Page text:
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While the twists in the plot are not as completely unexpected as the filmmakers might have liked, THE THIRTEENTH FLOOR ($25) proves to be an entertaining science fiction fantasy nonetheless. THE THIRTEENTH FLOOR opens in what the audience believes to be 1937 Los Angeles, following the exploits of one Hannon Fuller (Armin Mueller-Stahl), who appears to be enjoying the good life. After an evening on the town, which includes cocktails at a prestigious hotel and the company of a beautiful young woman, Fuller returns home to and goes to bed. The next thing we know, we are in present day Los Angeles, where we discover that Fuller was only experiencing a recreation of 1937 Los Angeles through a high tech computer simulation created by his company.

Upon exiting the simulation, Fuller tries to contact his right hand man, Douglas Hall (Craig Bierko) concerning a recent discovery he has made. Unfortunately, before he can share his revelation with Hall, an unknown assailant murders Fuller. After a preliminary investigation, Hall finds himself very high on the list of murder suspects. Further complicating matters for Hall is the arrival of Fullerís previously unknown daughter Jane (Gretchen Mol), a woman whom he thinks he may recognize. Hoping to clear his own name, Hall begins searching for clues and discovers that Fuller left him a message somewhere inside the computer simulation. Hall ventures into the recreation of 1937 looking for the evidence that will clear his name, however he is totally unprepared for what he finds. THE THIRTEENTH FLOOR also stars Vincent D'Onofrio as the filmís heavy and Dennis Haysbert as the cop looking for the truth.

Columbia TriStar Home Video has made THE THIRTEENTH FLOOR available on DVD in both full screen and wide screen versions on opposite sides of the disc. The 16:9 enhanced wide screen presentation of THE THIRTEENTH FLOOR is so good; no one should even bother with the other version. Not only does the wide screen transfer restore the filmís 2.35:1 theatrical framing, it really shows off the beauty of Wedigo von Schultzendorffís cinematography. Von Schultzendorff created two different visual styles to differentiate the "real world" from the simulation; both benefit from Columbia TriStarís excellent transfer. The "real world" has a crisp and cold appearance with strong colors, while the simulated reality of 1937 takes on a more romanticized look, appearing slightly gauzy with a muted color scheme. Despite the obvious camera filtering for 1937, both environments appear sharp and highly detailed on DVD. Color reproduction is first rate, reproducing both the highly saturated hues and the more muted tones without incident. Flesh tones are somewhat affected by both photographic styles, but reproduce naturally here. The image also features an excellent black level and wonderfully smooth contrast. First rate DVD authoring kept all traces of compression artifacts from view.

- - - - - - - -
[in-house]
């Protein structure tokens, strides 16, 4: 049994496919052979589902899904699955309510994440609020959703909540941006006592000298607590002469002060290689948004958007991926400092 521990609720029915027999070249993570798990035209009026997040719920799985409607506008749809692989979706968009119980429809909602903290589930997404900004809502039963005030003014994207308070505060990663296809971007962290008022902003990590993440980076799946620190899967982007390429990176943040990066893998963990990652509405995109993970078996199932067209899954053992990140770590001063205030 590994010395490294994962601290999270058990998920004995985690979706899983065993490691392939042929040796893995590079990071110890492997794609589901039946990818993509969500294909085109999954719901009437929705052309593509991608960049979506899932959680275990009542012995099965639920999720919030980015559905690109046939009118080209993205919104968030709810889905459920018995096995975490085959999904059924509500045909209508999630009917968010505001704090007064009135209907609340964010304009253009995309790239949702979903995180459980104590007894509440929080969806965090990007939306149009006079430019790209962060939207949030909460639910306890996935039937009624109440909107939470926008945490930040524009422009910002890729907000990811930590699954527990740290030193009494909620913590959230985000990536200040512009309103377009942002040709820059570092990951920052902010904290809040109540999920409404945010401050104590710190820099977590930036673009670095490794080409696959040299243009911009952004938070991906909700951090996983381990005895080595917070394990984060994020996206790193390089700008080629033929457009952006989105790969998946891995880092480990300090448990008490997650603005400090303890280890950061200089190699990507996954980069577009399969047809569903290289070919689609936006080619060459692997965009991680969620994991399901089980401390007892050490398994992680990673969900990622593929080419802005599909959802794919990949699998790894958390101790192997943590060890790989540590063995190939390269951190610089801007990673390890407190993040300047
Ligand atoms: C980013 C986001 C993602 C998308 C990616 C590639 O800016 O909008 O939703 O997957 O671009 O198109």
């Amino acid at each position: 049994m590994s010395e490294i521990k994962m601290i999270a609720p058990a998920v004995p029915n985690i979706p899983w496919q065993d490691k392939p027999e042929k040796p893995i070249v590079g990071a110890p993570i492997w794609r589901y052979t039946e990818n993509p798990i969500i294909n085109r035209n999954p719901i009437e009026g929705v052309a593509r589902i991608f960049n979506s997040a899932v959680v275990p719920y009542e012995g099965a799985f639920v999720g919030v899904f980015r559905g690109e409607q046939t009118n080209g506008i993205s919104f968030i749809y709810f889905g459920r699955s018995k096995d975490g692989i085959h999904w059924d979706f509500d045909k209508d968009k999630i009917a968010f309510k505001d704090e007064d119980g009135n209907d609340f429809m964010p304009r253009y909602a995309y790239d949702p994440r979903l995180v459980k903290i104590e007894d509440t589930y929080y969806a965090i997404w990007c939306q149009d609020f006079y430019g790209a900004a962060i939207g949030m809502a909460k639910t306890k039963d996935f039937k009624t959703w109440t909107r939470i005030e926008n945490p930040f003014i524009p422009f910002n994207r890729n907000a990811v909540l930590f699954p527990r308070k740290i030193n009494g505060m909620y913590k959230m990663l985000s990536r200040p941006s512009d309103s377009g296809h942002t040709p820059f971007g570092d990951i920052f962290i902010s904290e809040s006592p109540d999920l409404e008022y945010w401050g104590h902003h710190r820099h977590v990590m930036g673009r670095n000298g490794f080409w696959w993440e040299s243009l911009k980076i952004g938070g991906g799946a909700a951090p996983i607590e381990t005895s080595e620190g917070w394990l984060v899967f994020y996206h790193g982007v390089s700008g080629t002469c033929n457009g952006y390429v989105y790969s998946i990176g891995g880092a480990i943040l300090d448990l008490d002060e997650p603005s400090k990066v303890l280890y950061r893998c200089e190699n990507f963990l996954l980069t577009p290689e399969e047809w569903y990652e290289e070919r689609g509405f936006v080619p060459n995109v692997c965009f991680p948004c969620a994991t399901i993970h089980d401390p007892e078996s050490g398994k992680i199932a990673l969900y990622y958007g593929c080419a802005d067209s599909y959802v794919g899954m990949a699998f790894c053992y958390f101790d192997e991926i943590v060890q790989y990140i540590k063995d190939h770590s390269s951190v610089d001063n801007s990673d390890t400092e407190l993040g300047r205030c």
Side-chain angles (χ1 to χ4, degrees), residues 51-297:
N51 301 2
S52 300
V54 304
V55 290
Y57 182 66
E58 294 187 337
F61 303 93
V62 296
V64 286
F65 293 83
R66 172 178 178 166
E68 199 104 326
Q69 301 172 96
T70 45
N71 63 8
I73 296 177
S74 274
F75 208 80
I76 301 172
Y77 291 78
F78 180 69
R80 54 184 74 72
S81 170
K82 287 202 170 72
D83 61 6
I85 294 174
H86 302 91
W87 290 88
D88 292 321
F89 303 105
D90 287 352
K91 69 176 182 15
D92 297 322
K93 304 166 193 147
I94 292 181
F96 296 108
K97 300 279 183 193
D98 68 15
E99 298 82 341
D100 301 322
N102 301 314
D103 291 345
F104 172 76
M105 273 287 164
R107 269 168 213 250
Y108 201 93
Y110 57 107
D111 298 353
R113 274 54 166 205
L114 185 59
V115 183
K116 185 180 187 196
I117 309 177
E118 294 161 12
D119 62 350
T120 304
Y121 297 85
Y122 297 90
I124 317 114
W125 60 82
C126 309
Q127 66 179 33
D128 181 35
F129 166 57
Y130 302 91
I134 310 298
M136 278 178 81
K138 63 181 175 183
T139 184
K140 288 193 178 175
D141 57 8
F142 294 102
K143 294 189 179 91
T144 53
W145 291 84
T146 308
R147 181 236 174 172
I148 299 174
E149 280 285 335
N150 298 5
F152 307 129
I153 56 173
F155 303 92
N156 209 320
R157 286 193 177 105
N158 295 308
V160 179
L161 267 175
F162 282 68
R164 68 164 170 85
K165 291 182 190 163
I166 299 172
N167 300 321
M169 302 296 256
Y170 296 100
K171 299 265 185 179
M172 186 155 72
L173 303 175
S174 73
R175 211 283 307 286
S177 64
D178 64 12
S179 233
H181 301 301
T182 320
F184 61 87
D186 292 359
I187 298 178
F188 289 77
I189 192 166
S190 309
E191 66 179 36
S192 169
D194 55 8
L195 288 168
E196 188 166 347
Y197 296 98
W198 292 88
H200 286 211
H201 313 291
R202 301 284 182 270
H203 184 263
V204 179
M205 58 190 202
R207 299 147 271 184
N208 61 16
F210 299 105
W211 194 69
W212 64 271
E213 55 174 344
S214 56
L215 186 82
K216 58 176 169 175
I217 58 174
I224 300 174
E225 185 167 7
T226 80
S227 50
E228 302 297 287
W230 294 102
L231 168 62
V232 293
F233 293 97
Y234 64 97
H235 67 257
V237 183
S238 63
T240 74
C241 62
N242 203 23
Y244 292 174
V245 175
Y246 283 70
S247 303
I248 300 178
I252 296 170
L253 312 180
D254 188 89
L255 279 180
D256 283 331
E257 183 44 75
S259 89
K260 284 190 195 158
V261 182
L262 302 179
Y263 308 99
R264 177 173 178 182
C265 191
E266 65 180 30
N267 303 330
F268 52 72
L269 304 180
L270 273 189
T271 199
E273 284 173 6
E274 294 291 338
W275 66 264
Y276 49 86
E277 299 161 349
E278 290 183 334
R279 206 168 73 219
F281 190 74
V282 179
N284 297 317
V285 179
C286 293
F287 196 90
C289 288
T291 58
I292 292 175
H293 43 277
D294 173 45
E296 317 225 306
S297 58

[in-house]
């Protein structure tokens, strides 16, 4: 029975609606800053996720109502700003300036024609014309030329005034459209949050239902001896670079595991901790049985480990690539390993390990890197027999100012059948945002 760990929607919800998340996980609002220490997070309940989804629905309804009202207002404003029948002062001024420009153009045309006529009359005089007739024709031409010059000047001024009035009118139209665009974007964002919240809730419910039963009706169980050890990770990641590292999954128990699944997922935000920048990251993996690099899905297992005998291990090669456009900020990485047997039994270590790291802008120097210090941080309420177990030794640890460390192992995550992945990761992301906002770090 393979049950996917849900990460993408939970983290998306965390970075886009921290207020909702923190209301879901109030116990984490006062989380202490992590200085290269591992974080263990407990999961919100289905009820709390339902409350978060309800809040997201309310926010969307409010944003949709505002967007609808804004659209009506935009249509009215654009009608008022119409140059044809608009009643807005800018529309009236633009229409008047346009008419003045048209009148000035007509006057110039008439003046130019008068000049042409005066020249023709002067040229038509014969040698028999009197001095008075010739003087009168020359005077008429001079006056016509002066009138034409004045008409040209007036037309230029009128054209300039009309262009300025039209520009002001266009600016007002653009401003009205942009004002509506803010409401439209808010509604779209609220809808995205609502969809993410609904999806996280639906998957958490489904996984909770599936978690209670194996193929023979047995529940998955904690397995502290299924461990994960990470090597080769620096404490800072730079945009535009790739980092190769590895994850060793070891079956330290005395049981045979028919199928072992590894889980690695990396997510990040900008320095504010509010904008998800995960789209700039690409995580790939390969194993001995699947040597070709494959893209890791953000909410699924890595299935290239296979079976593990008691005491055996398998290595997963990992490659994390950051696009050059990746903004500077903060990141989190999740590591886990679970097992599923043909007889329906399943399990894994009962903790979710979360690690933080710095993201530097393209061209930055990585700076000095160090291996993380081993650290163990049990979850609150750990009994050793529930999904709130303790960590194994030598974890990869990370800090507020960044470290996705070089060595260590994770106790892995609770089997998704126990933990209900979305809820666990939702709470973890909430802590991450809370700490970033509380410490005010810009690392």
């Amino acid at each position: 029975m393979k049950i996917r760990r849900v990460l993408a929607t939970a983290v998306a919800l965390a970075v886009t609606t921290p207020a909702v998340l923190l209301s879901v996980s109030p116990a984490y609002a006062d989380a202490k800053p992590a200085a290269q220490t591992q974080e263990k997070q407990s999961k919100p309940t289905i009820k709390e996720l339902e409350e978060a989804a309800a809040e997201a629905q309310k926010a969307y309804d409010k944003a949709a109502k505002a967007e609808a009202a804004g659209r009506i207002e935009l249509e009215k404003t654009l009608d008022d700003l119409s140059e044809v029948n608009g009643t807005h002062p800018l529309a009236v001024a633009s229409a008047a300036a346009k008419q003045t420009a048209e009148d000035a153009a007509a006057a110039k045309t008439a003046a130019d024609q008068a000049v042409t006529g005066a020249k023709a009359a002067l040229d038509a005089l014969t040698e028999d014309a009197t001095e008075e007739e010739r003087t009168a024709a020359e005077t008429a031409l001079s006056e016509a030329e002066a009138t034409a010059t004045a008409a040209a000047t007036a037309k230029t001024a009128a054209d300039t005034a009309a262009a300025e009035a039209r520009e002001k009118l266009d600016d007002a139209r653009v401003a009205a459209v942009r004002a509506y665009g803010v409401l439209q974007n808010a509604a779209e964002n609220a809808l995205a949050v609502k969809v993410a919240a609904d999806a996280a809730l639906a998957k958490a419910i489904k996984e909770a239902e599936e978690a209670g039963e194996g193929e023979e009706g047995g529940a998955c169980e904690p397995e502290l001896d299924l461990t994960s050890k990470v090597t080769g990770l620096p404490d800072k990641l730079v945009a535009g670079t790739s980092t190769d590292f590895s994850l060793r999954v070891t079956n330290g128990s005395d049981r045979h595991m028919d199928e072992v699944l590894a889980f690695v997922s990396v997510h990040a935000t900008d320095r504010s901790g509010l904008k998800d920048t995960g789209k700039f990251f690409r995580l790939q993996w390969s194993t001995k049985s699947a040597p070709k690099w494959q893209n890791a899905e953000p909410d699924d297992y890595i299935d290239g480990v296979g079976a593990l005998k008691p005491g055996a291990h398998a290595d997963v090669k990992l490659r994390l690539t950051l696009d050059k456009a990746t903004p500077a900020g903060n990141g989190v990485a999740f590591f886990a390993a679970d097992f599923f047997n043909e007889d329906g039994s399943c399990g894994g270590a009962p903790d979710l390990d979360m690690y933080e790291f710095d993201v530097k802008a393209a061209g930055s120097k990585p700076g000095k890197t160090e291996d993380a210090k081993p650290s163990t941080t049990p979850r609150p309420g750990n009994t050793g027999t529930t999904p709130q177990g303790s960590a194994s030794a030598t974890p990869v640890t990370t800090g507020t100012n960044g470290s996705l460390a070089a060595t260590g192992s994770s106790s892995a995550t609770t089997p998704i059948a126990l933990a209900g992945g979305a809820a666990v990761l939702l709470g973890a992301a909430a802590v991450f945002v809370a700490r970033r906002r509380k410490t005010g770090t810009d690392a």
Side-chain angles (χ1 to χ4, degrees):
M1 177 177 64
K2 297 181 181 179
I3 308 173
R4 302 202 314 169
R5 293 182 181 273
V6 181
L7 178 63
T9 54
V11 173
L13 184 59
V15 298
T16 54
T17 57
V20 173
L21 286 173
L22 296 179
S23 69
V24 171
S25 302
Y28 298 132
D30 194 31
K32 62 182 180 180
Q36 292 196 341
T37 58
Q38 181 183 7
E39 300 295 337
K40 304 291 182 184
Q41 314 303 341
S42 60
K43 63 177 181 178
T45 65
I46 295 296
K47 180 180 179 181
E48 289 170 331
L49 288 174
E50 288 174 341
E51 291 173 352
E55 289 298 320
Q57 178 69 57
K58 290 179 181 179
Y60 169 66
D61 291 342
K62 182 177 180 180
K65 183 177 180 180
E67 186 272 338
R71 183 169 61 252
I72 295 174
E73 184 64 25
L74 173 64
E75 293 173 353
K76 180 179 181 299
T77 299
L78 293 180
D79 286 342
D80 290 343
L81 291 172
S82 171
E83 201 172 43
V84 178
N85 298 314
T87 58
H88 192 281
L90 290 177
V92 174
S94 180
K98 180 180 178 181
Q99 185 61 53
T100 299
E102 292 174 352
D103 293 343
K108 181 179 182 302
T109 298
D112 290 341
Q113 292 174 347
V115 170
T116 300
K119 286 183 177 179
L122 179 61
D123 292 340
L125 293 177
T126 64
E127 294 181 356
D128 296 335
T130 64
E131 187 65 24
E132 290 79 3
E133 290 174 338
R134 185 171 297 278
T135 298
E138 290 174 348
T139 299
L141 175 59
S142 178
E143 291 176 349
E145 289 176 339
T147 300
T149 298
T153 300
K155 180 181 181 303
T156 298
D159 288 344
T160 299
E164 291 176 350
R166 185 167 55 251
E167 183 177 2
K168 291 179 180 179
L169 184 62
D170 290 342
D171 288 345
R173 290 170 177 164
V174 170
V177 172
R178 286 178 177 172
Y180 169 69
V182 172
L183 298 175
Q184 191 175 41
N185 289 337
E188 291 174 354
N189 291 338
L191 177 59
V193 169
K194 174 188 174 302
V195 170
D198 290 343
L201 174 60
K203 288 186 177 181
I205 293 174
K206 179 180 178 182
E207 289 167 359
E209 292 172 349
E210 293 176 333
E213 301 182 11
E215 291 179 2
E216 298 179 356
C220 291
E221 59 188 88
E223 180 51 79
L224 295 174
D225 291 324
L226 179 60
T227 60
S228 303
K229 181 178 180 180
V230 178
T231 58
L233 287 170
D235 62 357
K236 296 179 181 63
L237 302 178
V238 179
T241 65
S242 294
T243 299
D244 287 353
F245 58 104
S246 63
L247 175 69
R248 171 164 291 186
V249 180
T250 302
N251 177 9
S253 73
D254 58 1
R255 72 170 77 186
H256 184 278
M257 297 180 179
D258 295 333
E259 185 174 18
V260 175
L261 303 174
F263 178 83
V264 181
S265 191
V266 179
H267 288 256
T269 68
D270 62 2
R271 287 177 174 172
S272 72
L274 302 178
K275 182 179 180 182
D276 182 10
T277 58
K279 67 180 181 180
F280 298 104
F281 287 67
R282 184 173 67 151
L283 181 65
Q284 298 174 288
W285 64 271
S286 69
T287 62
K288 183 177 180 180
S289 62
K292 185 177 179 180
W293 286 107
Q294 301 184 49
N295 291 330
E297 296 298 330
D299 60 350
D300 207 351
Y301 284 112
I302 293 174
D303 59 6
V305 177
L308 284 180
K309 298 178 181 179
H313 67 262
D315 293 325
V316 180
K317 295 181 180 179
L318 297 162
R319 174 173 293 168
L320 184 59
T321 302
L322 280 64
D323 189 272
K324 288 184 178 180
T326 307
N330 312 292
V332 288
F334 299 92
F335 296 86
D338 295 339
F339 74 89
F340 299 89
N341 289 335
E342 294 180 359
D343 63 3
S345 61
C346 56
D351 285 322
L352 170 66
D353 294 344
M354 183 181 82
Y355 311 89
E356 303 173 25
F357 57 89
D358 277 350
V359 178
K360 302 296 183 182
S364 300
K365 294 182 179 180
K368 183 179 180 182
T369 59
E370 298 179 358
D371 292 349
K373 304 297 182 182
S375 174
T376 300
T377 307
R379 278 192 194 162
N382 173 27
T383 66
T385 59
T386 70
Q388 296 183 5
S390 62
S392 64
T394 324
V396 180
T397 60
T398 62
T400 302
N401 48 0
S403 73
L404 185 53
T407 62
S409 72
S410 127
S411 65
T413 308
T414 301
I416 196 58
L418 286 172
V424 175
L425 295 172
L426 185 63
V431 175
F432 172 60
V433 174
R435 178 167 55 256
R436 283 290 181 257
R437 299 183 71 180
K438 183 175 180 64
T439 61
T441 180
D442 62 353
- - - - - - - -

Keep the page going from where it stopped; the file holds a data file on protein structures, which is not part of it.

As for the Dolby Digital 5.1 channel soundtrack, it has an excellent mix that really shows off the capabilities of the discrete format to create rich sonic environments. The forward soundstage has an open, almost breathless quality that allows sounds to pan around unencumbered. Even the split surrounds are utilized to carry that same openness and effortless panning of the sounds into the rear channels. Dialogue reproduction is always crystal clear and the track sports authoritative low bass. An English Dolby Surround soundtrack has also been encoded onto the DVD, as have English subtitles.

The interactive menus have a nice design, but remain fairly basic. Through the menus on can access the standard scene and setup features, as well as the discís supplements. An informative audio commentary with director Josef Rusnak and production designer Kirk M. Petruccelli is the DVDís primary supplement. The extras also include a before and after look at the computer generated special effects shots, a conceptual art gallery, a theatrical trailer, talent files, as well as a music video by the Cardigans.


The Thirteenth Floor



DVD reviews are Copyright © 1999 THE CINEMA LASER and may not be copied or reprinted without the written consent of the publisher.
THE CINEMA LASER is written, edited and published by Derek M. Germano.



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